Lemon trees are monoecious, so they have both the male and female reproductive organs in the same tree. There are no independent lemon trees. Lemon trees can produce bisexual flowers that have both male and female sex organs in the same flower.
How it Works
During the blooming season, as the lemon tree blossoms and the flowers open up, both the male and female reproductive parts are revealed. The pistil, the female part, is composed of the stigma, style, and ovary which are grouped. The stamen which is the male portion of the flower includes the filaments and anthers.
Self-pollination happens when the powdery pollen inside the anther is released. It then falls onto the female stigma. You can tell if a flower has successfully pollinated itself when the flower closes and begins to wilt.
Container Grown Lemon Trees
Because a lemon tree is self-pollinating, it is a perfect candidate if you wish to have a fruit-bearing tree but have limited garden space. Lemon trees have several varieties that are suitable for container growing. The Meyer Lemon and Dwarf Eureka lemon are two of the best. However, since lemon trees don’t usually grow too big, you can grow almost any variety in a container.
Growing Lemons Indoors
All citrus plants thrive in full sunlight (7 to 8 hours per day). When growing a lemon tree indoors, place your tree in a location where it can receive ample sunlight. Make sure that all sides of the tree receive sunlight by turning the container around every now and then.
Can You Manually Pollinate a Lemon Tree?
Indoor grown lemon trees lack natural pollinators like wind, bees, and other insects. But you can achieve pollination manually. All you need is a small paint brush (the kind used by kids in school) or a cotton swab. Hand pollination is the best way to ensure that your indoor lemon tree bears fruit.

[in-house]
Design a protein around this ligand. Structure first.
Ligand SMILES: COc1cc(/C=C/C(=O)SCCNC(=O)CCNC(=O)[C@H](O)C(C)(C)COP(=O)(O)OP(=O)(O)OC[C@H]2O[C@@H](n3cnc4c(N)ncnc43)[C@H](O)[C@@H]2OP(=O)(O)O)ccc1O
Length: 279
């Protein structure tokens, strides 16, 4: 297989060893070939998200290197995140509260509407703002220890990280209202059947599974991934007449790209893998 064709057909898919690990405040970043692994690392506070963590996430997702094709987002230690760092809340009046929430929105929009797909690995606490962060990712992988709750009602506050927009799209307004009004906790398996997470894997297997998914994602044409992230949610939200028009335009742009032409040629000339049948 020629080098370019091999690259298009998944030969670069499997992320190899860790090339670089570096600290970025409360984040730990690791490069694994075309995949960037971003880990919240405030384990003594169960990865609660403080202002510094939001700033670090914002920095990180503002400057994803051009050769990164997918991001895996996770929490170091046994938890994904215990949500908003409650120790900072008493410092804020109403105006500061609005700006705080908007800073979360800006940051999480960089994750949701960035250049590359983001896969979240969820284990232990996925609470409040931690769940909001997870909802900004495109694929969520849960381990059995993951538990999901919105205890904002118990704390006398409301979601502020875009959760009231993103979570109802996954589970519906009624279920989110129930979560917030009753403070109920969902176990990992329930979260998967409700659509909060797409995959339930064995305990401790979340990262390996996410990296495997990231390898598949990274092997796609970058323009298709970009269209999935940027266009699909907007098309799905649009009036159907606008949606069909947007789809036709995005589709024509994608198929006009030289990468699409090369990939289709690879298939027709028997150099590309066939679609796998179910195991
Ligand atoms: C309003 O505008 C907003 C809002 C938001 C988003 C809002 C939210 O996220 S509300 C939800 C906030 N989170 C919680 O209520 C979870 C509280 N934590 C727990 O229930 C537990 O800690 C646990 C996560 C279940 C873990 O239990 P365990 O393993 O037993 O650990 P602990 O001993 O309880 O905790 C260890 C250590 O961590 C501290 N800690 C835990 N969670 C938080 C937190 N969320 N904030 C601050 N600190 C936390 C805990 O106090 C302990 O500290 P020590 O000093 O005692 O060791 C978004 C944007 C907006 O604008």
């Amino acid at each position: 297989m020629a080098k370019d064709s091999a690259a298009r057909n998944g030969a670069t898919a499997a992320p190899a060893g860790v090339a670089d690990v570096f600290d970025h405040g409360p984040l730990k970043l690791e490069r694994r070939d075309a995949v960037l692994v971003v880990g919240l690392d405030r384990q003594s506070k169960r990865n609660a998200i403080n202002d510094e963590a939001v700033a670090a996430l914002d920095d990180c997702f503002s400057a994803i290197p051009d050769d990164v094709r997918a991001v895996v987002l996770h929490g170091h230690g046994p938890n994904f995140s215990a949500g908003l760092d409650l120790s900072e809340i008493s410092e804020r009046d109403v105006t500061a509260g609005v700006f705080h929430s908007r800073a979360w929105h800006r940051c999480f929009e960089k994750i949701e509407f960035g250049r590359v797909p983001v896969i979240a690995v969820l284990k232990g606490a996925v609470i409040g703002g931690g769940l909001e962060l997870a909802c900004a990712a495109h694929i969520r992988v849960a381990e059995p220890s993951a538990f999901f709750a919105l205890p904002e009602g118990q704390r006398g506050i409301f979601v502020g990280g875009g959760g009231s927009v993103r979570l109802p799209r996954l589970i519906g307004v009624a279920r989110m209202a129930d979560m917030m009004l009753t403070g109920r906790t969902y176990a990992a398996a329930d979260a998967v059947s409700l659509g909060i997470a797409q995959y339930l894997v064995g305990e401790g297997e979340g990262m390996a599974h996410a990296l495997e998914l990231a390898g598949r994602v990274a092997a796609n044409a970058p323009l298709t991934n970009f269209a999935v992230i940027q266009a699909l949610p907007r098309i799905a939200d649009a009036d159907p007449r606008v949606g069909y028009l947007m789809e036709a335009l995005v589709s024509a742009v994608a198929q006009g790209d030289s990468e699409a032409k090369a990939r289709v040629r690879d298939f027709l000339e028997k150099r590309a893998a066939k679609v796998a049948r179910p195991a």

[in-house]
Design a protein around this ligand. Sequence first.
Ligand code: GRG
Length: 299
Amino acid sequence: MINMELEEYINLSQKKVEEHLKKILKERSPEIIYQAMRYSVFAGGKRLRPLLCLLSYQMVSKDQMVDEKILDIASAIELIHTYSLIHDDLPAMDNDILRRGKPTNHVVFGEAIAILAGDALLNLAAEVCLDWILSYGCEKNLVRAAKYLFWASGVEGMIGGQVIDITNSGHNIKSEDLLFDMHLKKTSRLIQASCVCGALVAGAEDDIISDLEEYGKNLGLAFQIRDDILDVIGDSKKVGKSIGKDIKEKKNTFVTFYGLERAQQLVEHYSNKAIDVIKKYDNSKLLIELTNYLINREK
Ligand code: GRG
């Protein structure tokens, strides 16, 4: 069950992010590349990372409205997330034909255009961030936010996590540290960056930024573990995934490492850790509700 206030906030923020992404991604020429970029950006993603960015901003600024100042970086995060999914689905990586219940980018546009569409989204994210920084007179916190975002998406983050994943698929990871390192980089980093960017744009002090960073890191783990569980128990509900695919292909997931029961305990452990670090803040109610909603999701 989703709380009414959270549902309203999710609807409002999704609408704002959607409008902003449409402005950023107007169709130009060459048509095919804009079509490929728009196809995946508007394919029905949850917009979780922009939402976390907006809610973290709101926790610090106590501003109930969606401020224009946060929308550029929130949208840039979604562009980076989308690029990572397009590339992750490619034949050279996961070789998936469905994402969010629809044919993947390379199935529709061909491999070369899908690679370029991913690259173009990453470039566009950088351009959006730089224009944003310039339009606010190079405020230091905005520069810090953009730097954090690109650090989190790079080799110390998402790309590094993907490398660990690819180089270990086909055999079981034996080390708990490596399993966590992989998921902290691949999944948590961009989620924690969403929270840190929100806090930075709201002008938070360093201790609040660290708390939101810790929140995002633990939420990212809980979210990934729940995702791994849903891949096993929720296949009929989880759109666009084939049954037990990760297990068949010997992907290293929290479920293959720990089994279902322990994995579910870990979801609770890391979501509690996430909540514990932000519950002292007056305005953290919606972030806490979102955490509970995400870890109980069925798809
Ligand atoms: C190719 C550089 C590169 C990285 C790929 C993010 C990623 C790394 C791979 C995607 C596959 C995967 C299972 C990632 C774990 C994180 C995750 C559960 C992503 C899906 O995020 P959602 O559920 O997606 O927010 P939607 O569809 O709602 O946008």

How it’s done
To achieve successful pollination you need to get pollen onto the stigma. Use either the paintbrush or the cotton swab. Locate the anther in the blossom and gently brush against it to pick up some of the pollen. Transfer the pollen to the stigma. A stigma is sticky when it is receptive to pollination. You’ll know when you have successful pollination when the flower closes into itself and wilts. If the flower falls to the ground then pollination didn’t occur.
Additional Potted Lemon Tree Tips
- Unless you are willing to wait it out (4-5 years), buy a lemon plant that is at least 2-3 years old from the nursery.
- Repot your young lemon plant every couple of years in a container that is one size bigger than the previous container.
- You can use artificial grow lights as a substitute for the lack of direct light.
- Too much or too little water can lead to blossom and fruit drop, so drainage is the key.
- Lemon trees dislike strong winds, but make sure to provide good airflow.
- You can graft 2 or more varieties of lemon onto a single tree.
- Freezing temperatures can kill citrus trees.